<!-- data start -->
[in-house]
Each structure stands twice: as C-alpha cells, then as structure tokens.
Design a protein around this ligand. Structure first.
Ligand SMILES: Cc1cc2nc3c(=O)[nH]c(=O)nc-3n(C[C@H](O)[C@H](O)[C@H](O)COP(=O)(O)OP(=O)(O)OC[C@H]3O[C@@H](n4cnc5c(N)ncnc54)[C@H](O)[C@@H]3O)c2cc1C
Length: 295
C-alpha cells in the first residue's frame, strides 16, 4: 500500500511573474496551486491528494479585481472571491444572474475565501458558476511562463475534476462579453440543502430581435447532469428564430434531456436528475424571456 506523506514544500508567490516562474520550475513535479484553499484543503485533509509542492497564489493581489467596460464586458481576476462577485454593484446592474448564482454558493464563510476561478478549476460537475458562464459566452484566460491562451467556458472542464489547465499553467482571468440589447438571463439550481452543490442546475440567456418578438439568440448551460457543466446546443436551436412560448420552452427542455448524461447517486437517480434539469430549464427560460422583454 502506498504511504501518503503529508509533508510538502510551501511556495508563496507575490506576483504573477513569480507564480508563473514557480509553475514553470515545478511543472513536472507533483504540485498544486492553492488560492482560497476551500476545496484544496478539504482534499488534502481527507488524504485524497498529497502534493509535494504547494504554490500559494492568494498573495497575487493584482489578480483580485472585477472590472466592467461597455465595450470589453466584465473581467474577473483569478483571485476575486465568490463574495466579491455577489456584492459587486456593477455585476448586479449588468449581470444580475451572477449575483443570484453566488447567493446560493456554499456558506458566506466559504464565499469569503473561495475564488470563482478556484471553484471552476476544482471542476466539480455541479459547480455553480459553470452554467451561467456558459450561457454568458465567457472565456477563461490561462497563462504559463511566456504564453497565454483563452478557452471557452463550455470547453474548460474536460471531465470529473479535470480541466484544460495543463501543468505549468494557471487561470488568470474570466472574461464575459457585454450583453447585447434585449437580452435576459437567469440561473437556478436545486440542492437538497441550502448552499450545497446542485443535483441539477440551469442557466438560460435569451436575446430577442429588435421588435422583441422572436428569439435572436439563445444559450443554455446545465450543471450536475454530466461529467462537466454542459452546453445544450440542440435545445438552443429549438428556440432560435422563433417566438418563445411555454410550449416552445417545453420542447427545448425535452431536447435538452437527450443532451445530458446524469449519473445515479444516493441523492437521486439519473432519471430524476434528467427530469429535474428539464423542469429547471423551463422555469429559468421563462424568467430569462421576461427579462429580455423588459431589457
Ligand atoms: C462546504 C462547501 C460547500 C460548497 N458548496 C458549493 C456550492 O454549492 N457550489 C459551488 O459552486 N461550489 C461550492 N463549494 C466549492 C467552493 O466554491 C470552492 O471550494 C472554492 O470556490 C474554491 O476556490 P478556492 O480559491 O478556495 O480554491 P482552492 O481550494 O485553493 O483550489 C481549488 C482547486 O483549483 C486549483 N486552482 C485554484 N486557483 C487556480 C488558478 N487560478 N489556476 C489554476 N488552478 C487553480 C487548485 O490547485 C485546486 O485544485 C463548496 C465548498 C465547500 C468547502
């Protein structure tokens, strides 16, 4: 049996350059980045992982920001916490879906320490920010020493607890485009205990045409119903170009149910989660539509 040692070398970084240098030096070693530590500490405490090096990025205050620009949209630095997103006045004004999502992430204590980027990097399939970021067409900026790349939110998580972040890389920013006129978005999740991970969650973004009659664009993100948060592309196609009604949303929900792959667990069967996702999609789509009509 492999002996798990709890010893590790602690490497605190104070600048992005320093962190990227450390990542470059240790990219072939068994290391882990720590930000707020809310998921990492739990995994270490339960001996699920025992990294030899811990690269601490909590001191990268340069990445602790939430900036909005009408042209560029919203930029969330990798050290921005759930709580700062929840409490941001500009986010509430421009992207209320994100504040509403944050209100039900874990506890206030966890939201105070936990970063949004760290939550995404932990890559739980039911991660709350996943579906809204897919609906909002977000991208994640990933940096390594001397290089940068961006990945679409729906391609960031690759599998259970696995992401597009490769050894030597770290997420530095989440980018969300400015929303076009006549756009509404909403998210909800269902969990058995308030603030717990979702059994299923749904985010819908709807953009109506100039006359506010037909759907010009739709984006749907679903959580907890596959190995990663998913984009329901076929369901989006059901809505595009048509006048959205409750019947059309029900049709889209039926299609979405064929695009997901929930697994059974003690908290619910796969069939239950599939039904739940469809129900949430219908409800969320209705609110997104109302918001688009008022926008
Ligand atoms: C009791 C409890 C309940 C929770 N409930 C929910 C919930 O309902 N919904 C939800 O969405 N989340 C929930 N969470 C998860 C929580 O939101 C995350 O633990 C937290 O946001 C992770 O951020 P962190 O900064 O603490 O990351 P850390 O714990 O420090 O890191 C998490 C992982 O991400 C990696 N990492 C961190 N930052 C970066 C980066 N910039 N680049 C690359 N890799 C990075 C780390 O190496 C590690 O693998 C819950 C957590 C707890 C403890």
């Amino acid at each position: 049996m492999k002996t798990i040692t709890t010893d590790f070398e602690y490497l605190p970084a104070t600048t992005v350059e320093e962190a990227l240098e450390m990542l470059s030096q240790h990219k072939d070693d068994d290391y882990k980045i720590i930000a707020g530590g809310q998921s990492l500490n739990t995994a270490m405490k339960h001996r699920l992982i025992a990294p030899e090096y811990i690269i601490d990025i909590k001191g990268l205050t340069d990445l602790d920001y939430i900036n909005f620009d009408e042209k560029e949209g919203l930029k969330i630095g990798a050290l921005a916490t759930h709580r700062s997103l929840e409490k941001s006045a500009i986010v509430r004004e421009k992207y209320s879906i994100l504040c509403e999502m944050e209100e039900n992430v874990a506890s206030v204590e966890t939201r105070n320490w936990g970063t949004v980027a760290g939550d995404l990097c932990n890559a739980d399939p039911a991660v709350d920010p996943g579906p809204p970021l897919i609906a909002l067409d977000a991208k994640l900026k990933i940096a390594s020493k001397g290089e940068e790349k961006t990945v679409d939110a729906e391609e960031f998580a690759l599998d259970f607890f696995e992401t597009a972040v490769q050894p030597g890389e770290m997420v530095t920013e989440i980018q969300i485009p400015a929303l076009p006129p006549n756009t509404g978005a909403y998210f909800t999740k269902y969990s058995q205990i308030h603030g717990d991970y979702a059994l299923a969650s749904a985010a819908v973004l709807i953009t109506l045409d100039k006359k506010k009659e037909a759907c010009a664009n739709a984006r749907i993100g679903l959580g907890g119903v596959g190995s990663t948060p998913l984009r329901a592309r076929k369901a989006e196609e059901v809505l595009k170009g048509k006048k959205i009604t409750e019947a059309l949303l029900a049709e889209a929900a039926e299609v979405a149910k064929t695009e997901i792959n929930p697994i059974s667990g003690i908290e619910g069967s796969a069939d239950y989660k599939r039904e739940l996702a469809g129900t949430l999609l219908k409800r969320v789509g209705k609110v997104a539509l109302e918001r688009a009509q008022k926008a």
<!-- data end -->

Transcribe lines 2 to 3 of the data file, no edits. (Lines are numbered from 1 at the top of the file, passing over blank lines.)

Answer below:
Each structure stands twice: as C-alpha cells, then as structure tokens.
Design a protein around this ligand. Structure first.